While the framing of the conventional martyrdom has a direct correlation between form (the Passion) and imitation (historical account of martyrdom), Silence challenges this system by piercing a rift between the two. The imitation—Rodrigues’ posturing as a Christ figure and the martyrdoms that the Japanese authorities force him to behold—is no longer a reliable copy, too distinct from the original to maintain any of its meaning. This is a realm where one can behold without hearing God, bear witness to suffering without deciphering meaning from it. Scorsese’s and Endo’s subversive variant is radically different from the prototypical Christian martyrdom, where the Passion of Christ correlates directly to a martyr narrative, where physical suffering is not only of little consequence but a meaningful pathway to a better existence. Outside of the New Testament’s description of Stephen’s death, Marcion’s account of Polycarp’s execution is the first record of a Christian martyrdom we have. According to New Testament scholar Bart Ehrman, the letter is not simply an account of a martyrdom but an account of how one should write an account of a martyrdom, the means by which to find meaning in heinous death and torture:
“Blessed and noble, therefore, are all the martyrdoms that have occurred according to the will of God. For we must be reverent and attribute the ultimate or who would not be astounded by their nobility, endurance and love for the Master? For they endured even when their skin was ripped to shreds by whips, revealing the very anatomy of their flesh, down to the inner veins and arteries, while bystanders felt pity and wailed. But they displayed such nobility that none of them either grumbled or moaned, clearly showing us all that in that hour, while under torture the martyrs of Christ had journeyed far away from flesh, or rather, that the Lord was standing by speaking to them.”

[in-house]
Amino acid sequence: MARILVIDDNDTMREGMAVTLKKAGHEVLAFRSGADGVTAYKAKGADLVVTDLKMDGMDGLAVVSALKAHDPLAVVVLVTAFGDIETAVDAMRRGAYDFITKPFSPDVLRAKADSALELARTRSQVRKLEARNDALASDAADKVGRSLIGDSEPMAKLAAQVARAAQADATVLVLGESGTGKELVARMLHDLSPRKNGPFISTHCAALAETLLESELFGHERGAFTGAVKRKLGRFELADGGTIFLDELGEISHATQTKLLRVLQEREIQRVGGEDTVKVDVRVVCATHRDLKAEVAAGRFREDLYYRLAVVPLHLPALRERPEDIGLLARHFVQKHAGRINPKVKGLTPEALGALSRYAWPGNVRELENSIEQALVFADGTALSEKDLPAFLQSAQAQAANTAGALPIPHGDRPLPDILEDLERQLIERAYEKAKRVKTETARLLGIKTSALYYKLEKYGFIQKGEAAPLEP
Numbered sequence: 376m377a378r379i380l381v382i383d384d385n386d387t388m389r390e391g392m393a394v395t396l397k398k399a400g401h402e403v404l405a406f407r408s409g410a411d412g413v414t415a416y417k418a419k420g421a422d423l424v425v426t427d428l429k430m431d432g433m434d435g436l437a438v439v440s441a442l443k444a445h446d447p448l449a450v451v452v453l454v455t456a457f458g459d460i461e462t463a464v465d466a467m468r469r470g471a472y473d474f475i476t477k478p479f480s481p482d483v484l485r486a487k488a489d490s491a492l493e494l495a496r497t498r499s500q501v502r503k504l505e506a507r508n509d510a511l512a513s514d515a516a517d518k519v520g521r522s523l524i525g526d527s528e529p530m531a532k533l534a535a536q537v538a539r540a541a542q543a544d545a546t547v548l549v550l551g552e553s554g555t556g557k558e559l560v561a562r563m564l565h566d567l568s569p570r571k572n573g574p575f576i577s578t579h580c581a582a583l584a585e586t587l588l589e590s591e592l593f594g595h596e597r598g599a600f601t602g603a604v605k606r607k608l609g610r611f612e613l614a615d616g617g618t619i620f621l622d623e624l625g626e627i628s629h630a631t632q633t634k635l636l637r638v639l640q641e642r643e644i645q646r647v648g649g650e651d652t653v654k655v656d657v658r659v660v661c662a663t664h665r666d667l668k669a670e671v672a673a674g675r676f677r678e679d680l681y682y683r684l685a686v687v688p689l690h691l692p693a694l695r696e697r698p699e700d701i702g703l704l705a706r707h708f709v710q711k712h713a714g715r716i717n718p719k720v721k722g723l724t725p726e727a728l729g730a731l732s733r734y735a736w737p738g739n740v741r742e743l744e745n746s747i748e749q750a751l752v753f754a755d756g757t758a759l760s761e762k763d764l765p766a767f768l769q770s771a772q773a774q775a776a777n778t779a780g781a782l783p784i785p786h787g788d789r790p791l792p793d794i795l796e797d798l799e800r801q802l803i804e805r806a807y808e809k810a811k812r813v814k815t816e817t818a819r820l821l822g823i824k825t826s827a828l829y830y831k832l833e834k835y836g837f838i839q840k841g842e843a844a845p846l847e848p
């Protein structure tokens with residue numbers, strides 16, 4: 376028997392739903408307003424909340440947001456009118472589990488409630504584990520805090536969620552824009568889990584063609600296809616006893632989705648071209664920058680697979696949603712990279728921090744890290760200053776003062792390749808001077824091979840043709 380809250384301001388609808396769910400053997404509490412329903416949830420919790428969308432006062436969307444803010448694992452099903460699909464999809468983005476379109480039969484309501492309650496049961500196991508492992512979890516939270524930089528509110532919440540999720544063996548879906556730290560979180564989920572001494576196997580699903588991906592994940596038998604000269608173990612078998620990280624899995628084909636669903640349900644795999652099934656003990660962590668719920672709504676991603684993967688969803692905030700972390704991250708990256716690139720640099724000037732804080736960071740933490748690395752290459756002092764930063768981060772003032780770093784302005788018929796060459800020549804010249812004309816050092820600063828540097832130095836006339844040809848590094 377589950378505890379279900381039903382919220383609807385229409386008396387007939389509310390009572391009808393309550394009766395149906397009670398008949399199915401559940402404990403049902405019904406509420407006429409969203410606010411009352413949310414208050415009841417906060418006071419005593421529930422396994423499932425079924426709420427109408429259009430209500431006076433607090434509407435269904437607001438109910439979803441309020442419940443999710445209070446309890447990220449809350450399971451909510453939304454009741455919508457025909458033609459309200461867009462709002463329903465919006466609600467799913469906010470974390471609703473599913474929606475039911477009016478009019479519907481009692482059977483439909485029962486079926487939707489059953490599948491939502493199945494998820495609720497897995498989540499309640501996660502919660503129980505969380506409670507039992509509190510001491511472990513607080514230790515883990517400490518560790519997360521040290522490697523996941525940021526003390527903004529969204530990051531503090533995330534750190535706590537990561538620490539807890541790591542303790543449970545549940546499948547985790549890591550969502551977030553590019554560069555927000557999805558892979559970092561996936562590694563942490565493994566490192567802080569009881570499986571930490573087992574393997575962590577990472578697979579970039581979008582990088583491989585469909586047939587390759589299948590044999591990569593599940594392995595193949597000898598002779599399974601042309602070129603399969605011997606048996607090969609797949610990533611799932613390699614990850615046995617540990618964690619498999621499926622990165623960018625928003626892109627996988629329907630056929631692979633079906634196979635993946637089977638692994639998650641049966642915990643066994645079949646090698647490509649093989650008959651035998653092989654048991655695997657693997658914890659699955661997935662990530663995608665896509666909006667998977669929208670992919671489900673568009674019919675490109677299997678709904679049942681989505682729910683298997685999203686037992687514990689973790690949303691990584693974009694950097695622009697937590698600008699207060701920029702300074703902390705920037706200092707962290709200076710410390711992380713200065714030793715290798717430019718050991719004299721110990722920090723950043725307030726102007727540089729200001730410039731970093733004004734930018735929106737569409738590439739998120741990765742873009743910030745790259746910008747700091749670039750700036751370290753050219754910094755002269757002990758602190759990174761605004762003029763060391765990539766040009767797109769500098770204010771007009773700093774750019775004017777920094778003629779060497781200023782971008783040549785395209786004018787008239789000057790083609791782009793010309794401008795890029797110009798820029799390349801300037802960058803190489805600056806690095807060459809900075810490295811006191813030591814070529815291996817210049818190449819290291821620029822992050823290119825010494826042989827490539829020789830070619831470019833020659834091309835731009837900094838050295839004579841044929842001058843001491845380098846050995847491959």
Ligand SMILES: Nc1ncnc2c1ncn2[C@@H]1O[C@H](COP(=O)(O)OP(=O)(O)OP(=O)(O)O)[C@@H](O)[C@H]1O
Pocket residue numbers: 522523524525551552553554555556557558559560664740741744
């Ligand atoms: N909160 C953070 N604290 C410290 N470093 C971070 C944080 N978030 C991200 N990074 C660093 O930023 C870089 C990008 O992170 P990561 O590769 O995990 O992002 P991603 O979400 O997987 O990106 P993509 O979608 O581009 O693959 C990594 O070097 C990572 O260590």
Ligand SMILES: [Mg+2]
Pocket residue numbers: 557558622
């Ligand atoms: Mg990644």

The allegorical parallels to the Passion of Christ that Rodrigues uses to frame his own story break at the seams and reveal his position as far lower than the one he envisions for himself. Silence has multiple narrators, but unlike Scorsese's Casino or Goodfellas they’re in succession, not conversation. Following their development toward epiphany and an undercutting of Rodrigues’ self-mythologizing, Endo’s story and Scorsese’s adaptation, written with Jay Cocks (who also adapted The Age of Innocence and Gangs of New York), revises this narrative without reversing it entirely. The film explores the shambles of a false perception, what happens when Rodrigues falsely imposes the conventions of martyrdom on his own life, constructing an altered reality. His feelings of self-importance are bolstered by the foundational elements of how Christian martyrdoms are narrativised, which Ehrman lists: